In May, 2003, William David sent me this pictures of the two-seat homebuilt that he's designed and is building. Its Fly Baby heritage is obvious, from the general configuration to the shape of the tail feathers to the wire-bracing of the wings.
However, he has taken some significant departures. I've always wondered about how the Fly Baby should evolve; with aircraft-quality wood becoming scarcer and more expensive, and the prices of hardware like turnbuckles going through the roof. David has picked a direction that might be of interest to Fly Baby fans.
The fuselage is made of aluminum angle, bolted and glued together. 1/8" angle is used, either 1 1/2" x 1 1/2" square or 1" x 1". I had considered, in the past, trying aluminum tube like the Murphy Renegade, but admit that the angle was not an approach I'd thought about. It's been successful on several homebuilt designs, notably the Bede BD-4. It's even been used on production aircraft.... the N3N WWII Navy training biplane, for one. It is a simple, rugged construction method.
It's interesting to note the price difference is still, really, on the side of wood...Aircraft Spruce lists 1"x1" spruce for about $1.60 a foot, but the 1"x1" 1/8" aluminum angle is about four times that. But the angle is probably easier to work with, and will probably be a lot more durable.
The landing gear is another interesting approach. David used a variant of the "split" gear that Bowers discusses in the Fly Baby plans, but does not run the flying-wire anchors through the wheel hubs. This allows him to give the wheels some travel for shock-absorbtion. The gear has torque rods through concentric tubes, and gets about five and a half inches of travel. David says, "It took me a long time to come up with this design, but it's fairly simple."
The wing also came in for some changes, but David still retains the spruce spars and the wire cross-bracing. It does feature aluminum ribs between the spars, made of alloy 5053 H-32. He describes the ribs as every easy to make. The aircraft includes flaps, as well.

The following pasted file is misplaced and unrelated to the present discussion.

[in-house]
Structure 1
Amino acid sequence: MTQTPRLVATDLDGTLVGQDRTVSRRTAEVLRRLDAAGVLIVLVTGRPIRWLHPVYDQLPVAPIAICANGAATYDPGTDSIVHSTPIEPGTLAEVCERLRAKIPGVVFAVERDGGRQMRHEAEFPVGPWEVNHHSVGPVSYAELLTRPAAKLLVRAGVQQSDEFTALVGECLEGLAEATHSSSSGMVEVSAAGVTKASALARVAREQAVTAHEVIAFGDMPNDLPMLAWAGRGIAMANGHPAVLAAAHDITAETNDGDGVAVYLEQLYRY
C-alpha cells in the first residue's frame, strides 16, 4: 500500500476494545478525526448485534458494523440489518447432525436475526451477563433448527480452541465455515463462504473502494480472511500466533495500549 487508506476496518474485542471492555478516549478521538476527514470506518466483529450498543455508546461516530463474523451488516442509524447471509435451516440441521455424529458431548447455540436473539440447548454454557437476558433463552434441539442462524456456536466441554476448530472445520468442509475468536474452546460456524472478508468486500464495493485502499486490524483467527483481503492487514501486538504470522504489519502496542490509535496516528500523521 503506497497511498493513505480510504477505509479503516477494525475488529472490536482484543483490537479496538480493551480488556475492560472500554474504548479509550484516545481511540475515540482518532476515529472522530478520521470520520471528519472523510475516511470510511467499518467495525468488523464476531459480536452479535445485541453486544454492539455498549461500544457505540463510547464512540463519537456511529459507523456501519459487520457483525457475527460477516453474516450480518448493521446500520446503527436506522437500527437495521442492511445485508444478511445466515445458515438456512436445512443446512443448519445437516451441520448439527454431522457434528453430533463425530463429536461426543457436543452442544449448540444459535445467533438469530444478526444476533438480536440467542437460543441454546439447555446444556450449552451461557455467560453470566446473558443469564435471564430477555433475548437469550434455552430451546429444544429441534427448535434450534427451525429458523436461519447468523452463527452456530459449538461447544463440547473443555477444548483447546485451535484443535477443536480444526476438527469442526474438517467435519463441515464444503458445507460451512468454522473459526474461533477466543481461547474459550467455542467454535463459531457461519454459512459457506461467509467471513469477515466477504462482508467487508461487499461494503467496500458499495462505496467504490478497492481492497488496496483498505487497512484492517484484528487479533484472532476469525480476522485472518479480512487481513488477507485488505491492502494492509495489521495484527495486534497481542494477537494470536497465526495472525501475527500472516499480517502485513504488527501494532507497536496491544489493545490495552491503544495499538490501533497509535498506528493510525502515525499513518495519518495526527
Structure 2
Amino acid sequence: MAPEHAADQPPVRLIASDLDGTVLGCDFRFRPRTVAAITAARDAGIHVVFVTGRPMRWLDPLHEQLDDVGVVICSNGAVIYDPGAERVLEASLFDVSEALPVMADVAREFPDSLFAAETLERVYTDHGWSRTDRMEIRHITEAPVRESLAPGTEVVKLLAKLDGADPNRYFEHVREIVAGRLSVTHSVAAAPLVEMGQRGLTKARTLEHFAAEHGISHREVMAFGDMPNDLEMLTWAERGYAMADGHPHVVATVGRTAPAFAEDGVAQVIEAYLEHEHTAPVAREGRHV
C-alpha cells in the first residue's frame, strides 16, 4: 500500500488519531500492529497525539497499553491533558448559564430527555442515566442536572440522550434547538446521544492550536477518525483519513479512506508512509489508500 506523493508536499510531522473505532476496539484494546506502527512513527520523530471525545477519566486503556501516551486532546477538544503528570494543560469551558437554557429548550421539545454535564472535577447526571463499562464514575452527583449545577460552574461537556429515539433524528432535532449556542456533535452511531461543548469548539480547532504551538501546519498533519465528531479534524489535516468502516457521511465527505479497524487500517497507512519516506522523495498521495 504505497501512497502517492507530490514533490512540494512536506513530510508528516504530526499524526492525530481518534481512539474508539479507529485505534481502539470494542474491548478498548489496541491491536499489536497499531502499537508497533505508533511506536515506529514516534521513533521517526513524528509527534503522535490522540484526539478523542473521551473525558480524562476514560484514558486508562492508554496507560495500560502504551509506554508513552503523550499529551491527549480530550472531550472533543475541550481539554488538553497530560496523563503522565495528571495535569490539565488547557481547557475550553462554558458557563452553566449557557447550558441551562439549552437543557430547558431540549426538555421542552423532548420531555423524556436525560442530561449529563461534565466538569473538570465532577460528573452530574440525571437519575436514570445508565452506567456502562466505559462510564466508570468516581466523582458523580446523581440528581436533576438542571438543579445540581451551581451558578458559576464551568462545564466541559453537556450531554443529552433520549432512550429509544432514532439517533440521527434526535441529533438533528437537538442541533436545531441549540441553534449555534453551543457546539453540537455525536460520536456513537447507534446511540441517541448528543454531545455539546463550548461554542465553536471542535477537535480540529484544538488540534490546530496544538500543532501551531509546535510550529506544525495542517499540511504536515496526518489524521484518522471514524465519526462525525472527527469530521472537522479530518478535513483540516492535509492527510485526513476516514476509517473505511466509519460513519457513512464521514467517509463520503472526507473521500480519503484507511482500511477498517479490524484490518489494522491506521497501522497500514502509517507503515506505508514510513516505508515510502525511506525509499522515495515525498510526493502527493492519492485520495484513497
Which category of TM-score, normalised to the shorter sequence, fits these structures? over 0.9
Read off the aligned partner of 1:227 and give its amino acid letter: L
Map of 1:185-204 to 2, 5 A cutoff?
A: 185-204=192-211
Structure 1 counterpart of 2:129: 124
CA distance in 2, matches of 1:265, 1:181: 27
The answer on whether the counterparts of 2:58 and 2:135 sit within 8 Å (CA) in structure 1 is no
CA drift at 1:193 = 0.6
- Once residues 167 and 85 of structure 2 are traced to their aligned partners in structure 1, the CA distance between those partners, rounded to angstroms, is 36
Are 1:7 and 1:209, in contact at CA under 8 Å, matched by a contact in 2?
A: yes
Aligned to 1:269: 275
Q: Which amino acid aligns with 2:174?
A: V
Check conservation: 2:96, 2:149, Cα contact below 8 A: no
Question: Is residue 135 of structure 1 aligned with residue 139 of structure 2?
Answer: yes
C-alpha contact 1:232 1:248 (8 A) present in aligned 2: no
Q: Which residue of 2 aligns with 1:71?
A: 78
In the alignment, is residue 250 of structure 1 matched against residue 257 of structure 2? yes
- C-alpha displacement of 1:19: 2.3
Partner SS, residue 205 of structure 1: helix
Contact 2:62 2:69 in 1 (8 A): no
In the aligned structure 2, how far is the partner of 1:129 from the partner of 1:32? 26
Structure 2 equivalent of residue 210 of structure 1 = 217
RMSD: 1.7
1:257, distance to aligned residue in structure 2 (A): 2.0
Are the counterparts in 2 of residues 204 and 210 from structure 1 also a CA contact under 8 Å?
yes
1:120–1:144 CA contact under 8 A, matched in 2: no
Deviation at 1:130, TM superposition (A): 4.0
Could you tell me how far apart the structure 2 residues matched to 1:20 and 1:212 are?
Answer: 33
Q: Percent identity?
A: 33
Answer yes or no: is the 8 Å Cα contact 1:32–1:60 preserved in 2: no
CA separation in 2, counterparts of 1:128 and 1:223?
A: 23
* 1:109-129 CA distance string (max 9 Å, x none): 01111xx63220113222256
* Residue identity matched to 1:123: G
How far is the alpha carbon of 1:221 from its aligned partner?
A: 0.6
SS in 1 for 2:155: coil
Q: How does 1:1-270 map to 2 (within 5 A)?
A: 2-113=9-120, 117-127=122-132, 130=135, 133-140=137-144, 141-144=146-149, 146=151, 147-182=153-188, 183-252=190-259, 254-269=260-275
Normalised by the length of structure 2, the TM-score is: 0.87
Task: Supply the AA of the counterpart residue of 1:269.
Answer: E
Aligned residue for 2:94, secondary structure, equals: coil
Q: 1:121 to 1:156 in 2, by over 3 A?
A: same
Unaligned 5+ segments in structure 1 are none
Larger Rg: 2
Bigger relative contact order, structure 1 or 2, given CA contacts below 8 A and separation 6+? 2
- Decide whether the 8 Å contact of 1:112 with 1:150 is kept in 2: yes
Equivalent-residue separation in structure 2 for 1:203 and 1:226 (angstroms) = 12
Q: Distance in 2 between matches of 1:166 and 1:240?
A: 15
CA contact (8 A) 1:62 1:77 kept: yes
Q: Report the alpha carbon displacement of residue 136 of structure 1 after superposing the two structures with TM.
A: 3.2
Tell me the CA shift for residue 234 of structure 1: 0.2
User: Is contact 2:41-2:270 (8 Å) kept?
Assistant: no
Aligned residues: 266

Note that the wing tips are foam and fiberglass rather than the laminated bows used on the Fly Baby. A similar technique is used on the tail feathers....the blue foam and fiberglass replacing the bows as well as being used on the leading edges. "Easy to make, very durable," says David.
He has designed the "Crowbird" to be +/- 6 g's, with the ability to
fly solo from either the front or rear seats. "So far, the actual
weight and balance has all
missions up to 2 people, full gas, and 40lbs bags balancing between 15% to 30% and that was with only panel and fabric to guess at." The airplane will be using an 0-200 from a Cassut racer, and David has designed in adjustable seats that have been tested with people ranging from 6'5" tall to 5'4" tall.
This is David's second homebuilt. "I built a One Design in 2 years, but this one is taking forever. I'm an airline pilot and have had many setbacks over the past 2 years, but I swear I will have it flying by this time next year!!!!!"
It's interesting that this airplane incorporates various changes that have been suggested from time-to-time...something other than wood for much of the construction, shock-absorbing landing gear in the monoplane configuration, two seats and enclosed cockpit. I'll add updates as time goes by.
Comments? Contact Ron Wanttaja.